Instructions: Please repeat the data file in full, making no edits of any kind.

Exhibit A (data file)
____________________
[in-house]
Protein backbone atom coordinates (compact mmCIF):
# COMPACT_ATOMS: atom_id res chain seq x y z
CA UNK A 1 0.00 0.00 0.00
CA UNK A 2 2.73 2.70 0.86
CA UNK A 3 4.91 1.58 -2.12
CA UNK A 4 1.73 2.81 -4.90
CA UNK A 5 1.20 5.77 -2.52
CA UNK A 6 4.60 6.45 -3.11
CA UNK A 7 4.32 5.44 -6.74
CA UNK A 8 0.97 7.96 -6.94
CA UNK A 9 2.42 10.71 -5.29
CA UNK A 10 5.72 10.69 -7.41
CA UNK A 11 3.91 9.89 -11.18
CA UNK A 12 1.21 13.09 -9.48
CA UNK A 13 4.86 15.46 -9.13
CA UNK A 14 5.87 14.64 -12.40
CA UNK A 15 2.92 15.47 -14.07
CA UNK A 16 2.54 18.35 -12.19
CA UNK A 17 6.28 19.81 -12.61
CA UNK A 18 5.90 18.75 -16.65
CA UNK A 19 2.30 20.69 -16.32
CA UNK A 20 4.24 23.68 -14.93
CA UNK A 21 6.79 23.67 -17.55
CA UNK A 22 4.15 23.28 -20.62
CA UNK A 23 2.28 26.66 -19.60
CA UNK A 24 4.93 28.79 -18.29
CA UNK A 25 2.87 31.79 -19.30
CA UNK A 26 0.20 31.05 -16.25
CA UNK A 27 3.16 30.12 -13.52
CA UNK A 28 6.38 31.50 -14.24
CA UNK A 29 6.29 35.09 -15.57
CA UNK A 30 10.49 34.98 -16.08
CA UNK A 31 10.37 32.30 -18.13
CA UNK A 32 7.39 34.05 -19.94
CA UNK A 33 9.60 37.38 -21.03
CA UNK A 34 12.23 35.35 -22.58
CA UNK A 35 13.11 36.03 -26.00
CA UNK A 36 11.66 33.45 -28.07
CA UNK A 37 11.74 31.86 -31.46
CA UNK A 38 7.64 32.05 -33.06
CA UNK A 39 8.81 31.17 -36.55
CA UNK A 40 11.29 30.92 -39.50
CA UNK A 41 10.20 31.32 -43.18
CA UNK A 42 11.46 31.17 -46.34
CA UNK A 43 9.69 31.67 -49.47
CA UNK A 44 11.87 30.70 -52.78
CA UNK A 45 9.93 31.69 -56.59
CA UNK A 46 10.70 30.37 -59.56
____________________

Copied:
[in-house]
Protein backbone atom coordinates (compact mmCIF):
# COMPACT_ATOMS: atom_id res chain seq x y z
CA UNK A 1 0.00 0.00 0.00
CA UNK A 2 2.73 2.70 0.86
CA UNK A 3 4.91 1.58 -2.12
CA UNK A 4 1.73 2.81 -4.90
CA UNK A 5 1.20 5.77 -2.52
CA UNK A 6 4.60 6.45 -3.11
CA UNK A 7 4.32 5.44 -6.74
CA UNK A 8 0.97 7.96 -6.94
CA UNK A 9 2.42 10.71 -5.29
CA UNK A 10 5.72 10.69 -7.41
CA UNK A 11 3.91 9.89 -11.18
CA UNK A 12 1.21 13.09 -9.48
CA UNK A 13 4.86 15.46 -9.13
CA UNK A 14 5.87 14.64 -12.40
CA UNK A 15 2.92 15.47 -14.07
CA UNK A 16 2.54 18.35 -12.19
CA UNK A 17 6.28 19.81 -12.61
CA UNK A 18 5.90 18.75 -16.65
CA UNK A 19 2.30 20.69 -16.32
CA UNK A 20 4.24 23.68 -14.93
CA UNK A 21 6.79 23.67 -17.55
CA UNK A 22 4.15 23.28 -20.62
CA UNK A 23 2.28 26.66 -19.60
CA UNK A 24 4.93 28.79 -18.29
CA UNK A 25 2.87 31.79 -19.30
CA UNK A 26 0.20 31.05 -16.25
CA UNK A 27 3.16 30.12 -13.52
CA UNK A 28 6.38 31.50 -14.24
CA UNK A 29 6.29 35.09 -15.57
CA UNK A 30 10.49 34.98 -16.08
CA UNK A 31 10.37 32.30 -18.13
CA UNK A 32 7.39 34.05 -19.94
CA UNK A 33 9.60 37.38 -21.03
CA UNK A 34 12.23 35.35 -22.58
CA UNK A 35 13.11 36.03 -26.00
CA UNK A 36 11.66 33.45 -28.07
CA UNK A 37 11.74 31.86 -31.46
CA UNK A 38 7.64 32.05 -33.06
CA UNK A 39 8.81 31.17 -36.55
CA UNK A 40 11.29 30.92 -39.50
CA UNK A 41 10.20 31.32 -43.18
CA UNK A 42 11.46 31.17 -46.34
CA UNK A 43 9.69 31.67 -49.47
CA UNK A 44 11.87 30.70 -52.78
CA UNK A 45 9.93 31.69 -56.59
CA UNK A 46 10.70 30.37 -59.56